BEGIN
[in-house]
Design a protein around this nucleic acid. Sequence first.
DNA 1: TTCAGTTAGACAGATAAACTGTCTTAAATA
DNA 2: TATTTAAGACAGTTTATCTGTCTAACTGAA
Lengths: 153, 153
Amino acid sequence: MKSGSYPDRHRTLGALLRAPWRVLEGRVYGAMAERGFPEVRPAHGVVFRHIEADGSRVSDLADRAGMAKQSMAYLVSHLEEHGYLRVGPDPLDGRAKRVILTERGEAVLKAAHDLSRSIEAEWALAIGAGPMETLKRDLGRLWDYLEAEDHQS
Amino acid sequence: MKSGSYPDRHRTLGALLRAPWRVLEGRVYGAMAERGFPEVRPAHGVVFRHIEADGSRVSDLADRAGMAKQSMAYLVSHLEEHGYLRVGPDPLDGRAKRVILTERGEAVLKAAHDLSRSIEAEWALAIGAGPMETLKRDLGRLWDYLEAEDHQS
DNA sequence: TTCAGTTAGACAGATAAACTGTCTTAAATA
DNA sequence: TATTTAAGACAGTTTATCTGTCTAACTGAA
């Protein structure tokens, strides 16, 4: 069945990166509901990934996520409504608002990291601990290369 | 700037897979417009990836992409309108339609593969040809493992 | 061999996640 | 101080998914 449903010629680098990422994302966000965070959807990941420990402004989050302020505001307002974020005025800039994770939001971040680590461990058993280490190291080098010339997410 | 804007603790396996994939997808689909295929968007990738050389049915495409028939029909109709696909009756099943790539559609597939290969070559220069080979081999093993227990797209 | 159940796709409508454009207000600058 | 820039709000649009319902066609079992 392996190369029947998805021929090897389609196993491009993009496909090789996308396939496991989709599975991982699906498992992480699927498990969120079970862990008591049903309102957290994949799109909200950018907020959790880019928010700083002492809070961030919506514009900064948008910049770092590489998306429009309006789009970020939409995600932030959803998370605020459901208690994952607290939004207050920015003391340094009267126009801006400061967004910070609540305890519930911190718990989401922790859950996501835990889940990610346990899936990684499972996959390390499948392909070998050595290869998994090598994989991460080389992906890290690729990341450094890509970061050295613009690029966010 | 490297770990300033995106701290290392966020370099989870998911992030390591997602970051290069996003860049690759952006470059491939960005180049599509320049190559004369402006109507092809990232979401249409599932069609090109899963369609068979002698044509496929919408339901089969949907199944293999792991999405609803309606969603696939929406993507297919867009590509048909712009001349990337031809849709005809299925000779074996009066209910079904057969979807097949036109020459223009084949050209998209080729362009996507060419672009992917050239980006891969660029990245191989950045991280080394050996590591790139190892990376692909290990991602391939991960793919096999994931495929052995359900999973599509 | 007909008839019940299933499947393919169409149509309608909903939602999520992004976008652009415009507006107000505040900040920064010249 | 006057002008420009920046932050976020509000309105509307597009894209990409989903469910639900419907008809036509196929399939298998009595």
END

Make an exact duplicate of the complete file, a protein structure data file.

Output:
[in-house]
Design a protein around this nucleic acid. Sequence first.
DNA 1: TTCAGTTAGACAGATAAACTGTCTTAAATA
DNA 2: TATTTAAGACAGTTTATCTGTCTAACTGAA
Lengths: 153, 153
Amino acid sequence: MKSGSYPDRHRTLGALLRAPWRVLEGRVYGAMAERGFPEVRPAHGVVFRHIEADGSRVSDLADRAGMAKQSMAYLVSHLEEHGYLRVGPDPLDGRAKRVILTERGEAVLKAAHDLSRSIEAEWALAIGAGPMETLKRDLGRLWDYLEAEDHQS
Amino acid sequence: MKSGSYPDRHRTLGALLRAPWRVLEGRVYGAMAERGFPEVRPAHGVVFRHIEADGSRVSDLADRAGMAKQSMAYLVSHLEEHGYLRVGPDPLDGRAKRVILTERGEAVLKAAHDLSRSIEAEWALAIGAGPMETLKRDLGRLWDYLEAEDHQS
DNA sequence: TTCAGTTAGACAGATAAACTGTCTTAAATA
DNA sequence: TATTTAAGACAGTTTATCTGTCTAACTGAA
């Protein structure tokens, strides 16, 4: 069945990166509901990934996520409504608002990291601990290369 | 700037897979417009990836992409309108339609593969040809493992 | 061999996640 | 101080998914 449903010629680098990422994302966000965070959807990941420990402004989050302020505001307002974020005025800039994770939001971040680590461990058993280490190291080098010339997410 | 804007603790396996994939997808689909295929968007990738050389049915495409028939029909109709696909009756099943790539559609597939290969070559220069080979081999093993227990797209 | 159940796709409508454009207000600058 | 820039709000649009319902066609079992 392996190369029947998805021929090897389609196993491009993009496909090789996308396939496991989709599975991982699906498992992480699927498990969120079970862990008591049903309102957290994949799109909200950018907020959790880019928010700083002492809070961030919506514009900064948008910049770092590489998306429009309006789009970020939409995600932030959803998370605020459901208690994952607290939004207050920015003391340094009267126009801006400061967004910070609540305890519930911190718990989401922790859950996501835990889940990610346990899936990684499972996959390390499948392909070998050595290869998994090598994989991460080389992906890290690729990341450094890509970061050295613009690029966010 | 490297770990300033995106701290290392966020370099989870998911992030390591997602970051290069996003860049690759952006470059491939960005180049599509320049190559004369402006109507092809990232979401249409599932069609090109899963369609068979002698044509496929919408339901089969949907199944293999792991999405609803309606969603696939929406993507297919867009590509048909712009001349990337031809849709005809299925000779074996009066209910079904057969979807097949036109020459223009084949050209998209080729362009996507060419672009992917050239980006891969660029990245191989950045991280080394050996590591790139190892990376692909290990991602391939991960793919096999994931495929052995359900999973599509 | 007909008839019940299933499947393919169409149509309608909903939602999520992004976008652009415009507006107000505040900040920064010249 | 006057002008420009920046932050976020509000309105509307597009894209990409989903469910639900419907008809036509196929399939298998009595």